Hardgainer: training big, eating big

Hardgainers by definition have a tough time trying to put on weight. That includes fat as well as muscle. They are often perceived as being more disadvantaged than others in the gym because they are slow to grow muscle and therefore increase the weight they can lift. But this disadvantage can be turned into a weapon: hardgainers do not have to worry too much about putting on fat. If you are a hardgainer, here is how you can attempt to build muscle.

The only workouts that work

The most effective exercises are those that attempt to stimulate as much muscles as possible and the only exercises that can do so are compound exercises. Let’s face it: no one is going to grow thick slabs of meat on their back with pulldowns or tree trunks in place of matchsticks with lunges. Well, if you’re a hardgainer, you should focus most of your workouts around compound exercises most of the time.

What if you’ve already been doing the bench press, the squat and the barbell curl for months on end without seeing results?

Then it’s time to throw in some spices to the mix. If you haven’t done so already, change your reps, your sets, the order of exercises. Try giant sets, supersets, light sets, heavy sets, 21s, slow reps, fast reps, high, low, half, forced and negative reps. Don’t do all at the same time but always add one of these to your workout. Also try modifying the exercises by changing your grip, your feet stance and orientation, substituting the bench for a Swiss ball, the ground for a Bosu ball, barbells for dumbbells, flat benches for inclines and declines. Try a superset of benchpress and dumbbell press on a Swiss ball, bent-over rows with dumbbells and one-arm row with a cable. But always use the fundamental compound exercises movements. These are what will help you grow.


For the hardgainer: not much of a diet. Sure, eat clean, focus on proteins, carbohydrates etc but don’t worry about eating extra doughnuts, candy, chocolates and sauces. Hardgainers don’t put on weight, remember? In fact, you should try to eat lots of sugars and carbohydrates to provide your muscles with energy instead of cannibalising themselves. That’s the worse thing you can do after all the hard work you’ve done to grow this muscle. So during training, keep eating, or drinking energy shakes. While others are busy counting calories, just ease back into your chair and keep tucking in. This is the advantage of being a hardgainer, remember?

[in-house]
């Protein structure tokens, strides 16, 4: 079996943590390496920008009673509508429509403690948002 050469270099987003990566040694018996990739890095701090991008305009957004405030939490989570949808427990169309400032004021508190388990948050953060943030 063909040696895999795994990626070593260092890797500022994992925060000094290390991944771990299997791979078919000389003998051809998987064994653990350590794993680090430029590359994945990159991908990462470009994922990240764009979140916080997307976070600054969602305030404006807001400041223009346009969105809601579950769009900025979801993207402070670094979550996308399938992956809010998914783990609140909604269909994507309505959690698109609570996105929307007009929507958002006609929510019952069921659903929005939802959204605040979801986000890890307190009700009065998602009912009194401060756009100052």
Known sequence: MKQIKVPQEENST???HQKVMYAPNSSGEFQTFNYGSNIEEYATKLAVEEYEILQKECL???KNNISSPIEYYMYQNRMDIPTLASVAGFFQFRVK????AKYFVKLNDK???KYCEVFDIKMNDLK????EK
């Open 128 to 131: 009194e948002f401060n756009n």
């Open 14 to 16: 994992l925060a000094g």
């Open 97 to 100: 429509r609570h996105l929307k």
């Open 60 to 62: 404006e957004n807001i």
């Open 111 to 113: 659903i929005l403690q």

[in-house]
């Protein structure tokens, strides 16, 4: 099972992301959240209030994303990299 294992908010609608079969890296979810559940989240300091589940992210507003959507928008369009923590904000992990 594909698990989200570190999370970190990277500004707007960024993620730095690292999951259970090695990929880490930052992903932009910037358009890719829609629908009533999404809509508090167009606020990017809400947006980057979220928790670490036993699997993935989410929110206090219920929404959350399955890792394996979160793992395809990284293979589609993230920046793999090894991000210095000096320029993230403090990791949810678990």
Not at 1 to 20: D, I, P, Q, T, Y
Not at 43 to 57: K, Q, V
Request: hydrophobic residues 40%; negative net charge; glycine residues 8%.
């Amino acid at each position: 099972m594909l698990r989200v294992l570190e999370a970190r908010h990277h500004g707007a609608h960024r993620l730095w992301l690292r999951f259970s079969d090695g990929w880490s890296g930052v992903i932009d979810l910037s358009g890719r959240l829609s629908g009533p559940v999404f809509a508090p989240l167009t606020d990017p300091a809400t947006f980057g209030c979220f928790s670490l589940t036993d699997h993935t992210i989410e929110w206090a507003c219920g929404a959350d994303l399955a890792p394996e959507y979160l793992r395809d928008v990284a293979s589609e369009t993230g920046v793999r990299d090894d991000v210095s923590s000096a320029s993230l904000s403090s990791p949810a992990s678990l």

Proper rest is more critical to the hardgainer than for others. Keep your workouts short and intense, 40 minutes at the most. You are not doing a marathon in the gym. You also don’t want your muscles to dig into their supply of energy rather than what you are supplying them with in your bloodstream. Leave yourself plenty of time to rest and recover between workouts and don’t make the mistake of thinking you need to train more because you grow muscles less. For this reason, hardgainers are most at risk of overtraining.

In summary, spend short, intense sessions at the gym and the rest of the time to eat and recover. Make your workouts revolve around the core compound exercises. You don’t need to worry about definitions and separations of muscles as much as others as you should be naturally lean with little propensity to add fat. While others are busy sweating it out at the pec deck machine and lateral raises, you’ll be focussing on growing bigger muscles. That’s the fun part of being a hardgainer!

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